EMI To Try Mobile Almost-P2P
By Carlo Longino, Thu Jun 17 15:15:00 GMT 2004

The record label will launch a trial this summer of a mobile music service that will let users forward previews of tracks to their friends.

EMI's aiming to be the first record label to take advantage of the viral distribution possibilities offered by advanced mobile phones and handsets, New Media Age reports. It will enter a trial with an unnamed European carrier for the service, where users can send a track to their friends, who can then preview it and purchase the full track if they're so inclined. The preview will have a DRM wrapper that expires it after a certain number of playbacks.

It's heartening to see a record company embrace this technology, rather than run from it, but details on the trial, which will involve 200-300 customers, are still sketchy. Skepticism that high pricing, poor usability, overly restrictive DRM, lack of enticing content, or some other foible is totally understandable, record labels' resistance -- hostility even -- to adopting new technologies.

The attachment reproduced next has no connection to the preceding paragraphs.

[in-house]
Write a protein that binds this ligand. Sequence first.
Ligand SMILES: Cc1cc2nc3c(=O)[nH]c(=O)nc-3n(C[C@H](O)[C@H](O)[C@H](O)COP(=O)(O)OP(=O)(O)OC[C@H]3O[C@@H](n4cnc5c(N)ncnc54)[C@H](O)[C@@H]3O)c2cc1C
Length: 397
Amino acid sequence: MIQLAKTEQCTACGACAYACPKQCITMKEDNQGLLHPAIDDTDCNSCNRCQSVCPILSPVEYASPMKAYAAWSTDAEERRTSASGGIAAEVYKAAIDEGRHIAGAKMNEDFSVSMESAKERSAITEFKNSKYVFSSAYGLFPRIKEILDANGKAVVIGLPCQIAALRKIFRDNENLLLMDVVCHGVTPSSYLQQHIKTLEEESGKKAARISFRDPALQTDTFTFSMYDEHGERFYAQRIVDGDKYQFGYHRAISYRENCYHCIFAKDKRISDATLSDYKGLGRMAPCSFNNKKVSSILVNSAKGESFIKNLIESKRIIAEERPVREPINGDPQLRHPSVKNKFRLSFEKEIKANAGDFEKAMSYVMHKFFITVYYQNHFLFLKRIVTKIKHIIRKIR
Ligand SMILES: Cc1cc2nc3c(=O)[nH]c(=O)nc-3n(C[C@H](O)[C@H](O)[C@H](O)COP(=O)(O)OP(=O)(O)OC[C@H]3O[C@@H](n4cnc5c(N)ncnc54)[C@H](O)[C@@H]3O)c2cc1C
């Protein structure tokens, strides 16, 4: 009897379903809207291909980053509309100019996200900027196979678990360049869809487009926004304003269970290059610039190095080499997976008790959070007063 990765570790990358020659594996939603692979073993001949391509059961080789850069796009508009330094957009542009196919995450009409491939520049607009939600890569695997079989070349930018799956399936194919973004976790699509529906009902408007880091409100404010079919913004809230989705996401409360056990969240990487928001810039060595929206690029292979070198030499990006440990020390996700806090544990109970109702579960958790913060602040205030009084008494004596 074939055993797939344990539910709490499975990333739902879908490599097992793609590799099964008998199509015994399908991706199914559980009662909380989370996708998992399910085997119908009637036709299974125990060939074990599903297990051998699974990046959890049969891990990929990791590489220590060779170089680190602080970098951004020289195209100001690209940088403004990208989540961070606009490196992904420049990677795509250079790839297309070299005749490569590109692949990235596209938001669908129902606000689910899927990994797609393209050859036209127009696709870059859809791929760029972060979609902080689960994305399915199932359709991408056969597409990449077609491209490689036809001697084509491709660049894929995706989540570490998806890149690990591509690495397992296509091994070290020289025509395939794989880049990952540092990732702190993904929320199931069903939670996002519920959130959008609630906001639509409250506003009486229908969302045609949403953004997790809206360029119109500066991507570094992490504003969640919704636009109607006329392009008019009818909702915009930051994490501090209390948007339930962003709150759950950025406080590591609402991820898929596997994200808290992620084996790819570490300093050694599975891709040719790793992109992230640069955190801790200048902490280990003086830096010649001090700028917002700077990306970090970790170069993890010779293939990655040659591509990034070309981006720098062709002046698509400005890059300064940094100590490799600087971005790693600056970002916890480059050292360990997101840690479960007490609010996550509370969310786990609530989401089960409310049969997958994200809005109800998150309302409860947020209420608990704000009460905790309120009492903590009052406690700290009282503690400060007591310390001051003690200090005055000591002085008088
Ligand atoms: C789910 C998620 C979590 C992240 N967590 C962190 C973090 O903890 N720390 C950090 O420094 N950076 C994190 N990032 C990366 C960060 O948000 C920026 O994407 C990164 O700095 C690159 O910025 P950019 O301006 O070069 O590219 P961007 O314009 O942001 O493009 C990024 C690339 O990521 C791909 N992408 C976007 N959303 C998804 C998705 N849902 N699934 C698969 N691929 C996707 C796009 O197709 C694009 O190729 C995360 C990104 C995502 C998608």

Pricing of the service will be very important -- one of the keys to Web services like iTunes, Napster or Rhapsody is that users aren't charged by their ISP on a per-byte basis. When users have to worry about the amount of data they're downloading, it can sap their desire to browse and preview music they haven't heard before, potentially costing the online service sales. If users have to pay to download song previews sent to them by their friends, it's doubtful they'll be very successful.

TeliaSonera and Sony are using one possible method with their new mobile music service, offering it for free and leaving users responsible for the data charges. It's one way to do it, but it's backwards -- why not charge a low monthly fee for the service, especially since it's offering audio streams as opposed to downloads, and make the data free? Obviously TeliaSonera is hoping the service will generate a lot of traffic, but it can also generate a lot of ill will from customers getting data-charge sticker shot after the first month of service.

Kudos to EMI for venturing into what other labels regard as shark-infested waters. But the company must be careful to avoid the greed and pricing mistakes that have the potential to hobble these fledgling services.